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  • Why Do My Indicator Lights Blink Fast Sometimes?
    Uploaded 1 month ago

    Why Do My Indicator Lights Blink Fast Sometimes?

  • 5 Car Trends to watch out for in 2020
    Uploaded 7 hours ago

    5 Car Trends to watch out for in 2020

  • Vehicle Finance Options If You Don't Have A Credit History
    Uploaded 1 day ago

    Vehicle Finance Options If You Don't Have A Credit History

  • 4 Ways To Extend The Life Of Your Car Battery
    Uploaded 1 week ago

    4 Ways To Extend The Life Of Your Car Battery

  • 7 Key Questions To Ask A Dealer Before Buying
    Uploaded 4 weeks ago

    7 Key Questions To Ask A Dealer Before Buying

  • Bakkies: Brand New vs Used And What To Consider
    Uploaded 4 weeks ago

    Bakkies Brand New vs Used And What To Consider

Uploaded 1 month ago

Why Do My Indicator Lights Blink Fast Sometimes?

Why Do My Indicator Lights Blink Fast Sometimes?

Being a South African used car owner means dealing with several common and sometimes frustrating problems which our reliable workhorses often present us with. From strange icons lighting up on our dashboard to weird smells coming from our air vents to even seemingly tempestuous tantrums being thrown on cold winter mornings, as one of the best car repair workshops around, we've seen it all. 

One of the most common and least understood issues that our cars throw at us is when are indicator lights seem to double up on blinking and flash twice as fast.

In this blog, we'll explain one of the main reasons this happens and what you can do about it.

So why does my indicator blink faster sometimes?

In short, what seems like a problem with the car, is actually the car providing you with an alert that it's time for some small maintenance. 

Within your car's electrical system, there is a relay which controls the blinking of your indicator lights. When one of your indicator bulbs burns out, and the voltage load on the system drops, this decrease in the load means that the electrical system doesn't have to work as hard to run the system. This extra power causes the indicator light to blink twice as fast, and the fact that your indicator light is blinking twice as fast is telling you that one of your bulbs has burnt out.

In terms of fixing this issue, it is as simple as walking around the car while the indicators are on and seeing which light is burnt out. From there you can change the bulb on your own.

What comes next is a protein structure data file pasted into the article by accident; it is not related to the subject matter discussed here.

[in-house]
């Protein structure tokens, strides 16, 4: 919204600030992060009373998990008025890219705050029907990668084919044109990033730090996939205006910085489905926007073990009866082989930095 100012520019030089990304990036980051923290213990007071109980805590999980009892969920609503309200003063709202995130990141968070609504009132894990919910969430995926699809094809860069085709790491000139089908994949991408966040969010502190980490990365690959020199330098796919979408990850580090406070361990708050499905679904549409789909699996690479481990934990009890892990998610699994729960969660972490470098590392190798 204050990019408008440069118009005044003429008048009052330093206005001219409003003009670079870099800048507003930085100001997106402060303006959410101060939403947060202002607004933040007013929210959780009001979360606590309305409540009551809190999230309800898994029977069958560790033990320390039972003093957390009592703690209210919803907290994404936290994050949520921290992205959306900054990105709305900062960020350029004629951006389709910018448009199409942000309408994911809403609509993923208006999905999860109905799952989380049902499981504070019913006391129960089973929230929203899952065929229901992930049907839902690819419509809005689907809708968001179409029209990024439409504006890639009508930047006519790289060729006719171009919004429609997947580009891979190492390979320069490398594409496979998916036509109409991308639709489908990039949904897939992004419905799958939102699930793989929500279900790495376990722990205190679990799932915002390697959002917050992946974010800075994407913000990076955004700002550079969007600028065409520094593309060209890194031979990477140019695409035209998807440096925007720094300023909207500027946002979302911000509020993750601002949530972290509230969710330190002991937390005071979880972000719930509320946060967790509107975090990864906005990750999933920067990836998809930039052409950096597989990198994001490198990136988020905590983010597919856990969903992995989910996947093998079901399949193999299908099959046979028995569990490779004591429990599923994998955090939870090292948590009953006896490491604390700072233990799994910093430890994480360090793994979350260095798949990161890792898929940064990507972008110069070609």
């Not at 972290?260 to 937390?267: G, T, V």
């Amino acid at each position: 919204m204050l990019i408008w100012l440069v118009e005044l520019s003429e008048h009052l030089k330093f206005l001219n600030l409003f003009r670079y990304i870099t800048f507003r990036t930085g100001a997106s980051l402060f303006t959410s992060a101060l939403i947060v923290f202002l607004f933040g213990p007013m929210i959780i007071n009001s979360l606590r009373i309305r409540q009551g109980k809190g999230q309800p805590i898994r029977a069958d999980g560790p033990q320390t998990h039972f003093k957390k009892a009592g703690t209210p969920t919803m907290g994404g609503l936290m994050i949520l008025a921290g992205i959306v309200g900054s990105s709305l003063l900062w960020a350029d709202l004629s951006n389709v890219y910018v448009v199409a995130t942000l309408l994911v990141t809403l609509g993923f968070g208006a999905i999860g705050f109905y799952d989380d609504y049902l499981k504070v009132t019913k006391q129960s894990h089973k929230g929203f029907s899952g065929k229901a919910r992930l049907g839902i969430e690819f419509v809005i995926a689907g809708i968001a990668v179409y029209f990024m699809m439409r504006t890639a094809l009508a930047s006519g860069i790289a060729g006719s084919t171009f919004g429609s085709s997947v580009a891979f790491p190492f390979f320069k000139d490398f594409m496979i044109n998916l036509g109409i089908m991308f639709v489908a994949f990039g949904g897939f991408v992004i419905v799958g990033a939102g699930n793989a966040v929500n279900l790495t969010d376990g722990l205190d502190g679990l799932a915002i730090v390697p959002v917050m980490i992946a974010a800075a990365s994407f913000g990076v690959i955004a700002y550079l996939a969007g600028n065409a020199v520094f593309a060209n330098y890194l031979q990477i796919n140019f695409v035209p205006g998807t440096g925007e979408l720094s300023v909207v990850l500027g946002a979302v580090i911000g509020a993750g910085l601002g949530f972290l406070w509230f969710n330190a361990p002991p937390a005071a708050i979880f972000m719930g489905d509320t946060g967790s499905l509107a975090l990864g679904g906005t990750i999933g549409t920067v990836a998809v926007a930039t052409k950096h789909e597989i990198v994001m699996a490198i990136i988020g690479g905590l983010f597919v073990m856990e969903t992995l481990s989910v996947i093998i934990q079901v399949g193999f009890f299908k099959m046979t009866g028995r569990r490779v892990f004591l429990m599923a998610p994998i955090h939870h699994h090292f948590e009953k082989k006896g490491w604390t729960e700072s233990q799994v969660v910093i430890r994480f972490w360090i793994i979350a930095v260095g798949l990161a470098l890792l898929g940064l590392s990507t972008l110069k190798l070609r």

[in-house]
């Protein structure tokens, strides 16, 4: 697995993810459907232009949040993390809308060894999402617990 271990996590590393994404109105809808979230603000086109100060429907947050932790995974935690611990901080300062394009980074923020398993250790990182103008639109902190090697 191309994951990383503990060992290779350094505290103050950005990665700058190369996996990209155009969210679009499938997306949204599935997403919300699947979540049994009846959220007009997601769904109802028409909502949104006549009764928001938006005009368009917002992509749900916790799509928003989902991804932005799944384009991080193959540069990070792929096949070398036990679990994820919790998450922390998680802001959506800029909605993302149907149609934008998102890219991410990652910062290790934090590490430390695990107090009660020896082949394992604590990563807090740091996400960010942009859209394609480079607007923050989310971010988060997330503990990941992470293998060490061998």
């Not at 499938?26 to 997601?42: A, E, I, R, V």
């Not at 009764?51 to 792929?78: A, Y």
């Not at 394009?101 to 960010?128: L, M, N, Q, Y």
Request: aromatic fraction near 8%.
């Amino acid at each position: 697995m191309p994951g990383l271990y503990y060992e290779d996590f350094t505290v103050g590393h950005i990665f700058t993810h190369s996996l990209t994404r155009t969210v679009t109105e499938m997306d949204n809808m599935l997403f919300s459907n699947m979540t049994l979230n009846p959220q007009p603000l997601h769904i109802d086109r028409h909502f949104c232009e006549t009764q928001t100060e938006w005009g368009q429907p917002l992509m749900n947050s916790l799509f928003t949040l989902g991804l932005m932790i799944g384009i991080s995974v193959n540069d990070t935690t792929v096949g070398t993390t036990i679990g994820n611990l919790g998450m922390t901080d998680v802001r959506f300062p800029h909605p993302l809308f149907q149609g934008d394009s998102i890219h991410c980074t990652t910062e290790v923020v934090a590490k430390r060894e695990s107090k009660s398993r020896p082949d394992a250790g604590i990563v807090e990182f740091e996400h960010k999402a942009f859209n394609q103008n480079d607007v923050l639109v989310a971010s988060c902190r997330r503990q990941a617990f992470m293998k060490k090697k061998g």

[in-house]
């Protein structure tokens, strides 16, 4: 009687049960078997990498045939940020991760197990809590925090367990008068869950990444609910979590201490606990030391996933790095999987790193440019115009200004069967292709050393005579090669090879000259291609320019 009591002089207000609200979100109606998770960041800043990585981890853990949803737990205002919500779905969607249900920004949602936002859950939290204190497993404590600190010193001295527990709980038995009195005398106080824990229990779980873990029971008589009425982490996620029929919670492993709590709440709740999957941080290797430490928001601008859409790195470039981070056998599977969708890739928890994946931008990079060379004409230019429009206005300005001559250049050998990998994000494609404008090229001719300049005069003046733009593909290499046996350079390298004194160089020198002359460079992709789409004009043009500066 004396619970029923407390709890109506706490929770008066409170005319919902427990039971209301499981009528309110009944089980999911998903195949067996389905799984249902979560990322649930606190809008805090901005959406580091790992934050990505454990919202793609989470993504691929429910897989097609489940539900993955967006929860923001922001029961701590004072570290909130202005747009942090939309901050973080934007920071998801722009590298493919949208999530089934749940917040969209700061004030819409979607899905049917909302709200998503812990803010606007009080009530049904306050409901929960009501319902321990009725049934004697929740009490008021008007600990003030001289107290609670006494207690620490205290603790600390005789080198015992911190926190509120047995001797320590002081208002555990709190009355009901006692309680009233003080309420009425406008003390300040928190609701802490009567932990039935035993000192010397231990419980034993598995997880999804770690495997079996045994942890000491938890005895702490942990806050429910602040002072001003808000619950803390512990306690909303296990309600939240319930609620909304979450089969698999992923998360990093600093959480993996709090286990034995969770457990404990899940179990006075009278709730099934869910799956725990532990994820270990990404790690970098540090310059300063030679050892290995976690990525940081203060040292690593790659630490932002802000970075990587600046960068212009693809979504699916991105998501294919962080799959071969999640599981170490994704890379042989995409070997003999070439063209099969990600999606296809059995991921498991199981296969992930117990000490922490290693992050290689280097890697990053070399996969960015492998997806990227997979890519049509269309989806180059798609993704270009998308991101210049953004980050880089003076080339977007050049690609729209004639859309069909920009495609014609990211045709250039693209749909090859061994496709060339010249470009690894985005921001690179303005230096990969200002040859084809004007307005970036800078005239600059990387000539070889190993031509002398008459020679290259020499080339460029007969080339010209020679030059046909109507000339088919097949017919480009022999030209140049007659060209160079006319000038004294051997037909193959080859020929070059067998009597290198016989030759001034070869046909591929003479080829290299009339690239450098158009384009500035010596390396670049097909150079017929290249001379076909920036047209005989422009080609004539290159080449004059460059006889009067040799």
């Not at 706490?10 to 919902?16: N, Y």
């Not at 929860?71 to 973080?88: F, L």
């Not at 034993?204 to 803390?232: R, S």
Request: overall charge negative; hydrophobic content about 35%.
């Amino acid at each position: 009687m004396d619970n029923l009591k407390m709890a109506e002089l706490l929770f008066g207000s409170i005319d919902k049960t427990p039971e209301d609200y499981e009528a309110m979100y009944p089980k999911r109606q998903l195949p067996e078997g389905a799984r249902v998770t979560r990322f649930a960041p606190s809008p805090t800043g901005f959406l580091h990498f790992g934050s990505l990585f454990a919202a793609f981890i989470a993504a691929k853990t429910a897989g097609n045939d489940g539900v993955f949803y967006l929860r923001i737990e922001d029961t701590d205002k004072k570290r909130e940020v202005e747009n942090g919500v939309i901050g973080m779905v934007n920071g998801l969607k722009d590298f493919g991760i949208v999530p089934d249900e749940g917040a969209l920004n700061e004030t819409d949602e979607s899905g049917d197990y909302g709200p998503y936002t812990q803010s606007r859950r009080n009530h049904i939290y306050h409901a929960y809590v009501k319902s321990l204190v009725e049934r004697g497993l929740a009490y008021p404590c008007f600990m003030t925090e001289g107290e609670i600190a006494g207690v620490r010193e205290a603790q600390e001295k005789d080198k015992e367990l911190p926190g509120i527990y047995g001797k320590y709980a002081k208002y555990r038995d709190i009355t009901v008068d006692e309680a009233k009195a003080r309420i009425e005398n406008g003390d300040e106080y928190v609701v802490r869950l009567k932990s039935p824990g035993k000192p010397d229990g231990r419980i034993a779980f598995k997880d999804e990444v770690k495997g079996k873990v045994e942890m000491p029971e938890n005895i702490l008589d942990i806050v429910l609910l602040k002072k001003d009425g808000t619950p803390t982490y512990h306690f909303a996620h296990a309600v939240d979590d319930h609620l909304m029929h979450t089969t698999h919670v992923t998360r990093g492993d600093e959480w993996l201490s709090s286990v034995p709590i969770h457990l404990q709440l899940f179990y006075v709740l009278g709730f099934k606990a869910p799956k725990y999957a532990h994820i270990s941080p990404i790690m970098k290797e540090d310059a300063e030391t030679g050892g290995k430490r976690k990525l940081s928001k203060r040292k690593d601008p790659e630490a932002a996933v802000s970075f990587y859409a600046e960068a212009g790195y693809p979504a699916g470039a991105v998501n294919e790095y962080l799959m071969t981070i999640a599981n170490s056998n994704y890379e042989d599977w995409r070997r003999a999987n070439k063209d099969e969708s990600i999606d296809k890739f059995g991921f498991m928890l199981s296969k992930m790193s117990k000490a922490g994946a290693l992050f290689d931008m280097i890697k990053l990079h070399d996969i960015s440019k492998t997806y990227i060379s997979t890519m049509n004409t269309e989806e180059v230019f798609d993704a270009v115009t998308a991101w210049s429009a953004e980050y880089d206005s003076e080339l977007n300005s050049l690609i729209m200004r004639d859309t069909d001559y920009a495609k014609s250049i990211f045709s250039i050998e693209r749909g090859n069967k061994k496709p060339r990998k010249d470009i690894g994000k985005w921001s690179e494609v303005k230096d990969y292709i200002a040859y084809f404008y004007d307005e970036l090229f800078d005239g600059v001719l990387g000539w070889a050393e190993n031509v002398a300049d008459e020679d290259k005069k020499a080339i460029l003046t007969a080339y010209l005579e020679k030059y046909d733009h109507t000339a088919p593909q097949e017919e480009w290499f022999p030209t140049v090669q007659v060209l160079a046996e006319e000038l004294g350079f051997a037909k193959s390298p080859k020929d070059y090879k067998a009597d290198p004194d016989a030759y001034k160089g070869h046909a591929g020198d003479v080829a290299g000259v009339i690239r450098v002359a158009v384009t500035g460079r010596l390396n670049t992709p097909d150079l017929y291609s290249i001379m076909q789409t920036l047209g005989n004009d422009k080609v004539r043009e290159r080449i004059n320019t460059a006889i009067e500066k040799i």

And if it's not that?

There are two other potential reasons that an indicator light could double click, but these are a little bit more advanced than simply switching out a burnt-out bulb. 

Your car's combination switches could be dirty and require cleaning, indicating that your ground connections are in bad shape. Another cause for this issue could be that you have insufficient voltage running through the electrical system or may have loose wires in the system. For any of these issues, your best bet would be to take your car to a car repair workshop to have the issues looked that.

When you consider the absolutely essential role that our indicator lights play in our day-to-day driving, it's obvious that we recommend that the very second you notice one of your indicator lights double blinking, you act immediately and get this issue sorted out. If you don't, you run the risk of other drivers around you not being aware of what your intentions on the road are and potential accidents being caused. A quick stop at the best car repair workshop at an Imperial near you will do the trick.

Uploaded 7 hours ago

5 Car Trends to watch out for in 2020

5 Car Trends to watch out for in 2020

It's 2020, and we are living in the future that seemed so far away not too long ago. The new decade promises to deliver huge technological developments to further improve how we are connected to the web and each other. The automotive industry is keeping up with these developments the entire way, and we are excited at the previews of what's in store in coming months. Of course, many of us still drive a used car in Johannesburg, but it's good to keep abreast of what the future holds. 

The big word in upcoming trends for 2020 is definitely &lsquoautomation'. You can expect to see a lot of effort from all manufacturers to roll out cars with more convenience-focused features and access to the very latest in technology so that you can stay connected to your world while you drive. We take a look at some of the main innovations to look out for, below.

Stay Connected, Wherever You Go

We've seen Bluetooth becoming a fairly standard feature in cars of recent years, but the next big development will be seamlessly continuing what you were listening to, working on or watching from your work, school, home or any other location with Wi-Fi facilities. You can look forward to your car being just as connected as your home, so you can take your online life with you whenever you drive.